We would be wrong to believe that Madame de Sévigné, who wrote these lines, was an egotistical and barbarous creature; she passionately loved her children and showed herself very sensitive to the misfortunes of her friends; and we even notice, reading her, that she treated her vassals and her servants with kindness and indulgence. But Madame de Sévigné did not clearly understand what suffering was when you were not a gentleman.
Today, the harshest man, writing to the most insensitive person, would not dare to give himself to the cruel banter that I have just reproduced, and even when his particular mores would permit him to do so, the general mores of the nation would forbid him.
What causes that? Are we more sensitive than our fathers? I do not know; but certainly our sensibility falls on more things.
When ranks are nearly equal among a people, since all men have more or less the same way of thinking and feeling, each one of them can judge in a moment the sensations of all the others; he glances quickly at himself; that is sufficient. So there is no misery that he cannot easily imagine and whose extent is not revealed to him by a secret instinct. Whether it concerns strangers or enemies, imagination immediately puts him in their place. It mingles something personal in his pity, and makes him suffer as the body of his fellow man is torn apart.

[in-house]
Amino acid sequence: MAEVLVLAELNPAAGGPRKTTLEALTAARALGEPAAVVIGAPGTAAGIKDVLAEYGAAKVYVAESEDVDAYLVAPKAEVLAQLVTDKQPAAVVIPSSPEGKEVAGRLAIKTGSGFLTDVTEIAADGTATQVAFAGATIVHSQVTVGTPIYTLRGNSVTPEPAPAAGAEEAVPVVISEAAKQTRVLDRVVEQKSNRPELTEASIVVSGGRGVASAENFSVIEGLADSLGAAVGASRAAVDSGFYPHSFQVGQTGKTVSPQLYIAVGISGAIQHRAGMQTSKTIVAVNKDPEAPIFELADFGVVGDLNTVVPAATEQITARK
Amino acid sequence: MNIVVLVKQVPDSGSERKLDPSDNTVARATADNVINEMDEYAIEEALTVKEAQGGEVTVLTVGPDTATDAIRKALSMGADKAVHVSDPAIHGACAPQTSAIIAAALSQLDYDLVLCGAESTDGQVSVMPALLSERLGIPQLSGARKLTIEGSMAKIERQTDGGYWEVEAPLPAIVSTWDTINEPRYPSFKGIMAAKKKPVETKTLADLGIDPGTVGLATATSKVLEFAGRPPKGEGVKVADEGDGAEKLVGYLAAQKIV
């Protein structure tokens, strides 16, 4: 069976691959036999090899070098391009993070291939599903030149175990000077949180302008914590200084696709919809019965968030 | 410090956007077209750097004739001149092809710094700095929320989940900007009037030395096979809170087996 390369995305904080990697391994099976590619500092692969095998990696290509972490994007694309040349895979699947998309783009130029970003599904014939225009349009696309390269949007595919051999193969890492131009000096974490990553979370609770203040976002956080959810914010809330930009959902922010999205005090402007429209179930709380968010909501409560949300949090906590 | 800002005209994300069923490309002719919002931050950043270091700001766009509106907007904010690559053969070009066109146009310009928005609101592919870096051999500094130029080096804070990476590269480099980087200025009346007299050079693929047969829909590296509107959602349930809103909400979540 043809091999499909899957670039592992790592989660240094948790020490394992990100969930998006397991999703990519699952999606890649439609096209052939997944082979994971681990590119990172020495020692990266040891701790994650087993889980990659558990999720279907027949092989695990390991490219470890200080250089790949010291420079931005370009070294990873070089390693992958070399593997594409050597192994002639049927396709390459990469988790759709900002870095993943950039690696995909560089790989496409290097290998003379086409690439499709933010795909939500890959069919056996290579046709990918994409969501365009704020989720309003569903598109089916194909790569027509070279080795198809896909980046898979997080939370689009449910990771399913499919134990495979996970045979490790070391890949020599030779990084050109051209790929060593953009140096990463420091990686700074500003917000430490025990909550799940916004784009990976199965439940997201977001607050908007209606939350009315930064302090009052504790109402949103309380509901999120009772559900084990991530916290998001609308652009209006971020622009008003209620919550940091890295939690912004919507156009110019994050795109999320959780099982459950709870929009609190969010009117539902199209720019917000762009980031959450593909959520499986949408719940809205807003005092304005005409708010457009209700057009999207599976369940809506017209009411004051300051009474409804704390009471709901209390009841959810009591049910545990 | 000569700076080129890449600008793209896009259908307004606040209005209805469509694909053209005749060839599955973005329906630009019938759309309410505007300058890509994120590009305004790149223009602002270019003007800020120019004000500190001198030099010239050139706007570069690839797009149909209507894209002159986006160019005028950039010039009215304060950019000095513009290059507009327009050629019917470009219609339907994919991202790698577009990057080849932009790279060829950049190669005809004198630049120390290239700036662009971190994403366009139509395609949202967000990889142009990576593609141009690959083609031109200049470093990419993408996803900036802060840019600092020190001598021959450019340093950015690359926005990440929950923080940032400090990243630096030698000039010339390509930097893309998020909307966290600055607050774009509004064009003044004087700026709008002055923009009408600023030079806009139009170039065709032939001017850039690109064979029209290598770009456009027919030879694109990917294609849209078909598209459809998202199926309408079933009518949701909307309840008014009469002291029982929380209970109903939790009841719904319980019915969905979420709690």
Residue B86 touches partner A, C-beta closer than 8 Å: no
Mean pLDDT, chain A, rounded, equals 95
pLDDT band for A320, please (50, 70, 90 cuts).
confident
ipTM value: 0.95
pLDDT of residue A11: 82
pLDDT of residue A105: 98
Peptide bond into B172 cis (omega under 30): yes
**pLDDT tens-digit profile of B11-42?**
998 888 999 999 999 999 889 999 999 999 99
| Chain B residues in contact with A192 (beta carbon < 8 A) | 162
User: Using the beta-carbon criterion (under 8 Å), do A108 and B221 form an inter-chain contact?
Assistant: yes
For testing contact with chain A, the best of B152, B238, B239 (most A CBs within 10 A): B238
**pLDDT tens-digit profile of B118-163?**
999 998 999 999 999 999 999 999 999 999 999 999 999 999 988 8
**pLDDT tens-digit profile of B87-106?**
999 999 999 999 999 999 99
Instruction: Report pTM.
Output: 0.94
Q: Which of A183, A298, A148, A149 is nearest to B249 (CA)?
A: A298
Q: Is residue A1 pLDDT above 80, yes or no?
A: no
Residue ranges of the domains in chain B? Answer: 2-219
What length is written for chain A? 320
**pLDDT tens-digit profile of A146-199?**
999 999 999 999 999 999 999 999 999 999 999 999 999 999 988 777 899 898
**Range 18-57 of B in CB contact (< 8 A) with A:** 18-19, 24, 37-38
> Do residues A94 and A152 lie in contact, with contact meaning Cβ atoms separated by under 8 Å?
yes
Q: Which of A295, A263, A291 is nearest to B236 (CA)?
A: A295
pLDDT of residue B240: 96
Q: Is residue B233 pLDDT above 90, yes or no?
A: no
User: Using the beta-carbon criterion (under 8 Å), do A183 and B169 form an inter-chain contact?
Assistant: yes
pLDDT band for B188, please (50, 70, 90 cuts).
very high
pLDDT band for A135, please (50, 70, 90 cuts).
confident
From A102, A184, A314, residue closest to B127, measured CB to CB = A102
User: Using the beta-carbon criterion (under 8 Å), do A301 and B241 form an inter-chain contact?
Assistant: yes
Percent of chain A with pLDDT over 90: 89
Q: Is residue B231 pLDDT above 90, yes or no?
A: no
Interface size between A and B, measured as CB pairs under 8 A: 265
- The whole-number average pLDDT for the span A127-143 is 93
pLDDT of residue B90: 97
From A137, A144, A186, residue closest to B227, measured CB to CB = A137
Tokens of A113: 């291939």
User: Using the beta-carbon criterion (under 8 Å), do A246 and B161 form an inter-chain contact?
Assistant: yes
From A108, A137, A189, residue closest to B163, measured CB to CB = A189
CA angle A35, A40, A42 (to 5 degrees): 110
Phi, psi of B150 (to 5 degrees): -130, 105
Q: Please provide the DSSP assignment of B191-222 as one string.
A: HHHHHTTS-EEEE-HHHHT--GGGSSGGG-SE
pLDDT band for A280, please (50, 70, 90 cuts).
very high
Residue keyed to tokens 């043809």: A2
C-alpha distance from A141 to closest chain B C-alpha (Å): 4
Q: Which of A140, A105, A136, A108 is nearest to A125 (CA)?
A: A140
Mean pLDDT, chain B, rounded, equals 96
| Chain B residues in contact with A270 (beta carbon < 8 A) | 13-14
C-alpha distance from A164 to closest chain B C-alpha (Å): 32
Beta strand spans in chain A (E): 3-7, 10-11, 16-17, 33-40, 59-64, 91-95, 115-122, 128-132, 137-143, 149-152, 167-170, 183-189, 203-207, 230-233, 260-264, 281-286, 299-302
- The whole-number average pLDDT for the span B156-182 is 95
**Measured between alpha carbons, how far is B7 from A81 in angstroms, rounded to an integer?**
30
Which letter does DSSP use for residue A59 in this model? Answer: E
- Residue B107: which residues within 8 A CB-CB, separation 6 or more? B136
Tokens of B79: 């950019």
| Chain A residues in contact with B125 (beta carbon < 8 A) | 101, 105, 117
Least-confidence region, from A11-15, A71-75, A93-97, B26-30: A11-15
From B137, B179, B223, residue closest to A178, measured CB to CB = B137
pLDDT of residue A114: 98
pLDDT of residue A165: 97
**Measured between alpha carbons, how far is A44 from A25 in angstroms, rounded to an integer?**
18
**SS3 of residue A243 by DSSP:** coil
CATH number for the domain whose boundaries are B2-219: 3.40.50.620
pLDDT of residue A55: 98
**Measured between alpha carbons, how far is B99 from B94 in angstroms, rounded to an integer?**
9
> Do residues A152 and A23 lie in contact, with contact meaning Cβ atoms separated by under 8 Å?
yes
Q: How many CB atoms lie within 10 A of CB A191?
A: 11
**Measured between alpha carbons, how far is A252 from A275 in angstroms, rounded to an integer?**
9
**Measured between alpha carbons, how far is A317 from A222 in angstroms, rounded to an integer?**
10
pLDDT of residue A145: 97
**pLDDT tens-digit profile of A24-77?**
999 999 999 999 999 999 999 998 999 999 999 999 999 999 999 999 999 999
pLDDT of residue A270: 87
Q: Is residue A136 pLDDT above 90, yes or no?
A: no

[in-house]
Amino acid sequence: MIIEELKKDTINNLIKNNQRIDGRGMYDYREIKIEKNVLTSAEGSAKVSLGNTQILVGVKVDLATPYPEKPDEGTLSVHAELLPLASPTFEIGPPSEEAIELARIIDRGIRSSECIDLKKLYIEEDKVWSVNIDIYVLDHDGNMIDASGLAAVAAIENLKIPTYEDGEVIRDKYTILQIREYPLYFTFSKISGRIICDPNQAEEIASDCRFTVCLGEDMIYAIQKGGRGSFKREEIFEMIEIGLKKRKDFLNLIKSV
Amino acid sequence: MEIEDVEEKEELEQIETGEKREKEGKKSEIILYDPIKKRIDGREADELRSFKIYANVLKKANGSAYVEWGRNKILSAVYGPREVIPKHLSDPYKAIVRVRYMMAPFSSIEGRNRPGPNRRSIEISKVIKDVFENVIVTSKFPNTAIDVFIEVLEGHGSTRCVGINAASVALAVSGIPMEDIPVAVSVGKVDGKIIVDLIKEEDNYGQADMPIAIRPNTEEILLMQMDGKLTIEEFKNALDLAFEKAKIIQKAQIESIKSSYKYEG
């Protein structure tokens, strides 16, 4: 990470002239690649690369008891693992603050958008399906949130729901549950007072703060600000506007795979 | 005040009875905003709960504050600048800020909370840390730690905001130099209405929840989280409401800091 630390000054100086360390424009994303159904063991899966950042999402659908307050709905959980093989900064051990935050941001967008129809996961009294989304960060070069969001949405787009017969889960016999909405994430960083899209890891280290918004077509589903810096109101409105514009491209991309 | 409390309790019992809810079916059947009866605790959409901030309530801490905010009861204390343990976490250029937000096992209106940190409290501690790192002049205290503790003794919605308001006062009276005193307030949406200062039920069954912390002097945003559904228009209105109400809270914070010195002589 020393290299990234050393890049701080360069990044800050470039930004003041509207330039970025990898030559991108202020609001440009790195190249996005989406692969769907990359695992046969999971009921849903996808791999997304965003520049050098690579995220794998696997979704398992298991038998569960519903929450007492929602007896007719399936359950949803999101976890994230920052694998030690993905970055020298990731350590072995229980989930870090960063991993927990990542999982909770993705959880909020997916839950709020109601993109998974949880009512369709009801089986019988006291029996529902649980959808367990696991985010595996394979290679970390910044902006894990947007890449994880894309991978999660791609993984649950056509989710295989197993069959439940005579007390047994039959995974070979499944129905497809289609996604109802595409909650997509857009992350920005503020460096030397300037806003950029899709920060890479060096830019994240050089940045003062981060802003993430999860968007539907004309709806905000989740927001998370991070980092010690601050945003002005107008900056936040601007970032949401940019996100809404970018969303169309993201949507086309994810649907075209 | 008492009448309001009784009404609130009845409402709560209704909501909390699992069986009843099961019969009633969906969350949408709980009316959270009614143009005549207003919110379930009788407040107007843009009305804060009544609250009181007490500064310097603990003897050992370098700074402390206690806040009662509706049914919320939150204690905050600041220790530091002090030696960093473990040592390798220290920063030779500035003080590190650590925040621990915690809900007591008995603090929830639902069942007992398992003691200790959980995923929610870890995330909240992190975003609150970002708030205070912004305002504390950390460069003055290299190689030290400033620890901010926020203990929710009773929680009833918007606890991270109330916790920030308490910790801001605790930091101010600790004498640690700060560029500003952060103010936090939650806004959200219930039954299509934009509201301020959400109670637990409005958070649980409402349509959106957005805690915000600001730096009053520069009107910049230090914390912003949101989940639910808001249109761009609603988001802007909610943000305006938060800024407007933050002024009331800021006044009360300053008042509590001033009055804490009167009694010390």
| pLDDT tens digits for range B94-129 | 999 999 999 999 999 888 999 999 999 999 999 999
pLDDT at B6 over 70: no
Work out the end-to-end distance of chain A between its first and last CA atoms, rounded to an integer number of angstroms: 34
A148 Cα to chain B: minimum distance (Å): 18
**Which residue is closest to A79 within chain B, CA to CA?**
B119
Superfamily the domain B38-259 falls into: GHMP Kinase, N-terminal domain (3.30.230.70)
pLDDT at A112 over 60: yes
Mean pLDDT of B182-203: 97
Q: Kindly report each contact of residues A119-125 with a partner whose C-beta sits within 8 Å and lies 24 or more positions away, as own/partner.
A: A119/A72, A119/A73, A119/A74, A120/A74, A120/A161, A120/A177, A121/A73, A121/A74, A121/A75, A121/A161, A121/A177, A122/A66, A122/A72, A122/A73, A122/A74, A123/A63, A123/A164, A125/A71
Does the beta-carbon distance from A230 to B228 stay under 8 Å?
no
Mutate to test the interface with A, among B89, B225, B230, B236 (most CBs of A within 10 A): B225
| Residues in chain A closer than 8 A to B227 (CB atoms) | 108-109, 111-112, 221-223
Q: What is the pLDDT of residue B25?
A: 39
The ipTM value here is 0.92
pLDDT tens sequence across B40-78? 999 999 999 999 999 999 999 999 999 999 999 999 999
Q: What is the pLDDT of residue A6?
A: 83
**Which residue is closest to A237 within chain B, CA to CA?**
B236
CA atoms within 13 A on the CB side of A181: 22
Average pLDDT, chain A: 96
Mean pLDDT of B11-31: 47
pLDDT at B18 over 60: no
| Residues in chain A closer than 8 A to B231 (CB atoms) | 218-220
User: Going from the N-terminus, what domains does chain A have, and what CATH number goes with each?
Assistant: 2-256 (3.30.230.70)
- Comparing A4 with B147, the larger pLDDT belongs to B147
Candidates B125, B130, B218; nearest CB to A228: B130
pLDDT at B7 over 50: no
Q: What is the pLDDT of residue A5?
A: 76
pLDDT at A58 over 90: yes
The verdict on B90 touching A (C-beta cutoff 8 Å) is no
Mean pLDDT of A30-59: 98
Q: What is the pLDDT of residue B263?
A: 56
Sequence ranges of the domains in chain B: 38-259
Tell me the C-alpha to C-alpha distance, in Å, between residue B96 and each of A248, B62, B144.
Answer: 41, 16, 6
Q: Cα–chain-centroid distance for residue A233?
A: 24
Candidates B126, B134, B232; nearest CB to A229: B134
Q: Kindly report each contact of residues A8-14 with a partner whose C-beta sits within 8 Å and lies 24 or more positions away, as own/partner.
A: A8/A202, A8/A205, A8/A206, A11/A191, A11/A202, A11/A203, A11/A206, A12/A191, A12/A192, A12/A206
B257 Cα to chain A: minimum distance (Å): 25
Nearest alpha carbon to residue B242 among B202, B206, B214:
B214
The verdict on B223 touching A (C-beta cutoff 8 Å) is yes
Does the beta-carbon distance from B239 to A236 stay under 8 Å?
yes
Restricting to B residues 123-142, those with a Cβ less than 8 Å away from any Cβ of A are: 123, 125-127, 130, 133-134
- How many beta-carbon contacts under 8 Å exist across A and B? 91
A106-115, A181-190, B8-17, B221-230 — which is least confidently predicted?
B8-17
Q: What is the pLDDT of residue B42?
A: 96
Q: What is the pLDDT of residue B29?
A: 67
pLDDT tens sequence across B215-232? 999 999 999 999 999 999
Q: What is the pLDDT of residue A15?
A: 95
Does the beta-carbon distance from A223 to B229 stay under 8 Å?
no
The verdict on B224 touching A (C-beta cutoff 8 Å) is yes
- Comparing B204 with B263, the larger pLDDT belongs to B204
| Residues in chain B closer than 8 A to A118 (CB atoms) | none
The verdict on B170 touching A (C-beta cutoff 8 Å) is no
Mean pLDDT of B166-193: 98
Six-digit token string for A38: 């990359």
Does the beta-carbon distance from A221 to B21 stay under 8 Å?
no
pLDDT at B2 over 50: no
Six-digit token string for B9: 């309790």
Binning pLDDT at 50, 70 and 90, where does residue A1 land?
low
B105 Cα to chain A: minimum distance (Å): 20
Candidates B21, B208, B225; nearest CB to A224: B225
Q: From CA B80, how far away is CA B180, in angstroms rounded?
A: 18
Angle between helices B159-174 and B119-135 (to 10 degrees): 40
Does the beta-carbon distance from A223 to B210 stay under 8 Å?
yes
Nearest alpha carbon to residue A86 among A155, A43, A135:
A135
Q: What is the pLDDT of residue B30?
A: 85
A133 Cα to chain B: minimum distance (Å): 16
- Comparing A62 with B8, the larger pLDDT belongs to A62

In democratic centuries, men rarely sacrifice themselves for each other; but they show a general compassion for all the members of the human species. You do not see them inflict useless evils, and when, without hurting themselves very much, they can relieve the sufferings of others, they take pleasure in doing so; they are not disinterested, but they are mild.
Although the Americans have so to speak reduced egoism to a social and political theory, they have shown themselves no less very open to pity.
There is no country in which criminal justice is administered more benignly than in the United States. While the English seem to want to preserve carefully in their penal legislation the bloody traces of the Middle Ages, the Americans have almost made the death penalty disappear from their legal order.